It happened that two legions met in the open fields between the high road and the Po. These were: for Vitellius the Twenty-first, commonly called Rapax, [ i.e. The Irresistibles] a regiment of old renown; and for Otho the First Adiutrix, [The quondam marines] which had never been in battle before, but was full of spirit and eager to win its first laurels. Their charge overthrew the front ranks of the Twenty-first, and they carried off its eagle. Fired with indignation, the Twenty-first rallied and charged the front of the enemy, killing the commanding officer, Orfidius Benignus, and capturing many of their colours.

On the other flank the Fifth [From Lower Germany] drove the Thirteenth [From Pannonia] off the field. The Fourteenth [Only a detachment of the Fourteenth was present at this battle, as is explained below] were surrounded by the numbers that attacked them. Otho’s generals had long ago fled. Caecina and Valens began to bring up the reserves to the support of their men, and, as a fresh reinforcement, there arrived Varus Alfenus [The camp-prefect. The Batavians are the detachment which had left the Fourteenth] with his Batavians. They had routed the gladiators [This is not an allusion to the fight described in chap. 35. The gladiators, now under Sabinus seem to have suffered a second defeat] by confronting them and cutting them to pieces in the river before their transports could land, and flushed by their victory came charging in upon the flank of the enemy.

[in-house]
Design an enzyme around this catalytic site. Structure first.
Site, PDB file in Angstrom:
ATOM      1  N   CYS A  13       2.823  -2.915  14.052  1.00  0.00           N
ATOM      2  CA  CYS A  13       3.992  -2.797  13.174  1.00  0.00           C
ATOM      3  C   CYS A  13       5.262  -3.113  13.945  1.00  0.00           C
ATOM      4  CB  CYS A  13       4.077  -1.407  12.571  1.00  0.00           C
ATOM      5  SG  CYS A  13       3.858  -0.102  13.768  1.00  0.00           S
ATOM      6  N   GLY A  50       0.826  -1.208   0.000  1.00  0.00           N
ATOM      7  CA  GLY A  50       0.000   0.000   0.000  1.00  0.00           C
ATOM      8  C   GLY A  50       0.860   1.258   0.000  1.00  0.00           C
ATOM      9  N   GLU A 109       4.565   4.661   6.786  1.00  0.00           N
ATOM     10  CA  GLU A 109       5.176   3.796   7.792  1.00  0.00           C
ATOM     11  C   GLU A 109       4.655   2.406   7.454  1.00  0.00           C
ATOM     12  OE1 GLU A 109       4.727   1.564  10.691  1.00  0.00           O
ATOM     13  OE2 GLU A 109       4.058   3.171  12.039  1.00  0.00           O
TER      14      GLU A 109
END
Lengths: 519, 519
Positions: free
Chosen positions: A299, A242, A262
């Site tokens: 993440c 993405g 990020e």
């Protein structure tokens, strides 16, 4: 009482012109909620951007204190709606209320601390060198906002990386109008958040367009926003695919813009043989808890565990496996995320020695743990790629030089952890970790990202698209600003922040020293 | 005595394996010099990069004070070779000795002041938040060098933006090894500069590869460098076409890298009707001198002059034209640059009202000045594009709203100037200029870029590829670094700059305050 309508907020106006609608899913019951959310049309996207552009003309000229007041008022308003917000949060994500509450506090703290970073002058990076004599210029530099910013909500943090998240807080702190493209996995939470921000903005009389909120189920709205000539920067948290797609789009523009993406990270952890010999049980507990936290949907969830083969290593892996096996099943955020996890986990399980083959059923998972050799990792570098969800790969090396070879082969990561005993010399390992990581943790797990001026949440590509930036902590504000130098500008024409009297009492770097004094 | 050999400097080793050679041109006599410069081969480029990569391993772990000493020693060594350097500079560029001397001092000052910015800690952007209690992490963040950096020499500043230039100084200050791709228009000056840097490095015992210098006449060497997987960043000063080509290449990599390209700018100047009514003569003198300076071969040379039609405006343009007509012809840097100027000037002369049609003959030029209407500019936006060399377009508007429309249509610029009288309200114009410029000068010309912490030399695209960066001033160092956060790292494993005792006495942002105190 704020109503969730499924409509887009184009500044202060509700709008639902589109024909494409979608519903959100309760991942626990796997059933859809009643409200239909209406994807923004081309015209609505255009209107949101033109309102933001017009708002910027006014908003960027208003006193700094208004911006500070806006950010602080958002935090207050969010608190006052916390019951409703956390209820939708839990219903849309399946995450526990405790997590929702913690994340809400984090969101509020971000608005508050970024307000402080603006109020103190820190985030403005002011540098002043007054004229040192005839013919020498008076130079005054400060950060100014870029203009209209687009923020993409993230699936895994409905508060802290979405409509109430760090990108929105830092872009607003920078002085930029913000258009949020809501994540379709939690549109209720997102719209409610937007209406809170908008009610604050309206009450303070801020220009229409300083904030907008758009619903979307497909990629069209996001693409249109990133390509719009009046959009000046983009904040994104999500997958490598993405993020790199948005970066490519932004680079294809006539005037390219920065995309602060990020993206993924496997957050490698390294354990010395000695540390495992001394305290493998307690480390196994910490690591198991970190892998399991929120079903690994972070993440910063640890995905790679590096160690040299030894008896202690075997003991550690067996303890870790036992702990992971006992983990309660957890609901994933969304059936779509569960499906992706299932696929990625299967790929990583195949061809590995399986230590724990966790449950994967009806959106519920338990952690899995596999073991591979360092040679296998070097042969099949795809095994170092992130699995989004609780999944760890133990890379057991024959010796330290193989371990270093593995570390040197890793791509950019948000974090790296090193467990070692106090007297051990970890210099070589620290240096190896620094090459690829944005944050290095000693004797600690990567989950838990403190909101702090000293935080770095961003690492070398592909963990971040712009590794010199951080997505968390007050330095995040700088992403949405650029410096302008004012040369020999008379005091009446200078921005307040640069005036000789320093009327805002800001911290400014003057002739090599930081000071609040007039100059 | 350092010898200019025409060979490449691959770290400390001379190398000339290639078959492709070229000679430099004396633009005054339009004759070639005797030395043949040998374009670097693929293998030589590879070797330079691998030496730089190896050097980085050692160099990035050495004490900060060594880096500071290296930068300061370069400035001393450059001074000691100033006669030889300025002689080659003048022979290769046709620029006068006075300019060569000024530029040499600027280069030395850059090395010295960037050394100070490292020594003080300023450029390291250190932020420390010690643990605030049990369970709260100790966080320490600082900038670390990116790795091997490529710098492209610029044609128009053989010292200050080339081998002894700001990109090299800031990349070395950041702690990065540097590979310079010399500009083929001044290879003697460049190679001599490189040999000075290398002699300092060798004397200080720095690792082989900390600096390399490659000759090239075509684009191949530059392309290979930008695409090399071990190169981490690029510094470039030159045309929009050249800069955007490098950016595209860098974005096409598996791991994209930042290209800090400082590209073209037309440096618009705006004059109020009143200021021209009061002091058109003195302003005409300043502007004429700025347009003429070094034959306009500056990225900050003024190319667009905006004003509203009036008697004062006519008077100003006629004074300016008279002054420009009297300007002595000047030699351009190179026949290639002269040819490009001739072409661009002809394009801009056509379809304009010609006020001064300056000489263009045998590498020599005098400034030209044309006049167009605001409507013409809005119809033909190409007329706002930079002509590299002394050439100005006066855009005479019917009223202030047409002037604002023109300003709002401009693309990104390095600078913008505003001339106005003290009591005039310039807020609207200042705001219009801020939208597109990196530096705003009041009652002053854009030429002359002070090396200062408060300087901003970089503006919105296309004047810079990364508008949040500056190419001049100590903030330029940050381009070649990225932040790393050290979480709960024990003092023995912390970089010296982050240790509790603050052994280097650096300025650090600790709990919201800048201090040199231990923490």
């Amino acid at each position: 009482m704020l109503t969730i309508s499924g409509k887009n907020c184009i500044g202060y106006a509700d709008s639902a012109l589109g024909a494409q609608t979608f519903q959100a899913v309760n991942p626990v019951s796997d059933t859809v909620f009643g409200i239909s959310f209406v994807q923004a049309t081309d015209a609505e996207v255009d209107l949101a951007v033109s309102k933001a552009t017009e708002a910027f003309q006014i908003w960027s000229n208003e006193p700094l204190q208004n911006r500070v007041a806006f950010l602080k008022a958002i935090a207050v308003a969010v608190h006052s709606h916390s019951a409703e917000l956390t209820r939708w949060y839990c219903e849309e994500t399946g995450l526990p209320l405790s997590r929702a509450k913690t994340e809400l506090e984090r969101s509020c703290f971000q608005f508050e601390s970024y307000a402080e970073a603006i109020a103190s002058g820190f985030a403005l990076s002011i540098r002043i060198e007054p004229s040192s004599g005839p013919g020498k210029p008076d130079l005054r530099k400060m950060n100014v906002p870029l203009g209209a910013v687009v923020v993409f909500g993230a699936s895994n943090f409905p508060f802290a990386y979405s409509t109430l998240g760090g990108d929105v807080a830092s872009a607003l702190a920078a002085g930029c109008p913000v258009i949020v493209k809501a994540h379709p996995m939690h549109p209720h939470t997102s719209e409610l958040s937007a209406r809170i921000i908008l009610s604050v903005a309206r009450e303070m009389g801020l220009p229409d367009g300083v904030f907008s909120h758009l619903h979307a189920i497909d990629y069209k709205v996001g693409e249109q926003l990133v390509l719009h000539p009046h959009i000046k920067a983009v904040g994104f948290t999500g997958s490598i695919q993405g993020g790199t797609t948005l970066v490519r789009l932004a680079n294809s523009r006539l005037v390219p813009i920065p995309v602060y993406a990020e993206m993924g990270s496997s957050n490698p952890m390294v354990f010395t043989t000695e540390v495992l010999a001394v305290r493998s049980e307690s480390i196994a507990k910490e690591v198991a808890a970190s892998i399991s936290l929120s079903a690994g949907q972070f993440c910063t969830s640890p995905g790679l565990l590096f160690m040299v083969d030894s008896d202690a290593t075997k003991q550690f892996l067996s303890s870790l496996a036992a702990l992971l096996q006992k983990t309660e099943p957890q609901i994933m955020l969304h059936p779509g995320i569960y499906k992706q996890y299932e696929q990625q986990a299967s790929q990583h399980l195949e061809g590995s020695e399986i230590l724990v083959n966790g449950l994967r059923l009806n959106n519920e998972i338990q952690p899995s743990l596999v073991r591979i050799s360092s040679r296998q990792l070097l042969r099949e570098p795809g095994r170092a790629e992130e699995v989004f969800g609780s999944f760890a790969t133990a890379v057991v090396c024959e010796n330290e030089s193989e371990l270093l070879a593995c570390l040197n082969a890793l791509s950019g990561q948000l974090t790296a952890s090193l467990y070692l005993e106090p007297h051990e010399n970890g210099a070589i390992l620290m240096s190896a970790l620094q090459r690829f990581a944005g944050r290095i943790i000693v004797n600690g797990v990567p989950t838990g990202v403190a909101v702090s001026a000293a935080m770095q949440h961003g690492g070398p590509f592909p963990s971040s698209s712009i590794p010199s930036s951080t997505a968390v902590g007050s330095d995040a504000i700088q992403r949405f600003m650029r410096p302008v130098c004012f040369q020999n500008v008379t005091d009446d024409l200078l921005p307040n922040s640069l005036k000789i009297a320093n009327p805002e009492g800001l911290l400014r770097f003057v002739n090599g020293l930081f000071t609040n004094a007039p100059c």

Their center broken, the Othonians fled in disorder, making for Bedriacum. The distance was immense; [The fixing of this distance rests on the doubtful figures in chap. 39. In any case it must have been between fourteen and twenty miles] the road encumbered with heaps of dead. This made the slaughter all the greater, for in civil war captives cannot be turned to profit. [Plutarch in describing this rout makes the same rather cynical comment. Dio puts the total loss on both sides at 40,000] Suetonius Paulinus and Licinius Proculus avoided the camp at Bedriacum by diverse routes. Vedius Aquila, who commanded the Thirteenth legion, was so paralyzed by fear that he allowed himself to fall into the hands of the indignant troops. It was still broad daylight when he entered the camp. Immediately a crowd of mutinous fugitives came clamouring round him. They spared neither abuse nor violence, assailing him as a deserter and a traitor. They could bring no special charge against him, but the mob always lay their own disgrace on someone else. Night came to the aid of Titianus and Celsus, for Annius Gallus [He had remained behind in camp] had already placed sentinels on guard and got the men under control. Using remonstrances, prayers, and commands, he had induced them not to add to the disaster of their defeat by murdering their own friends. Whether the war was over, or whether they wanted to fight again, in defeat, he told them, union was the one thing that could help them.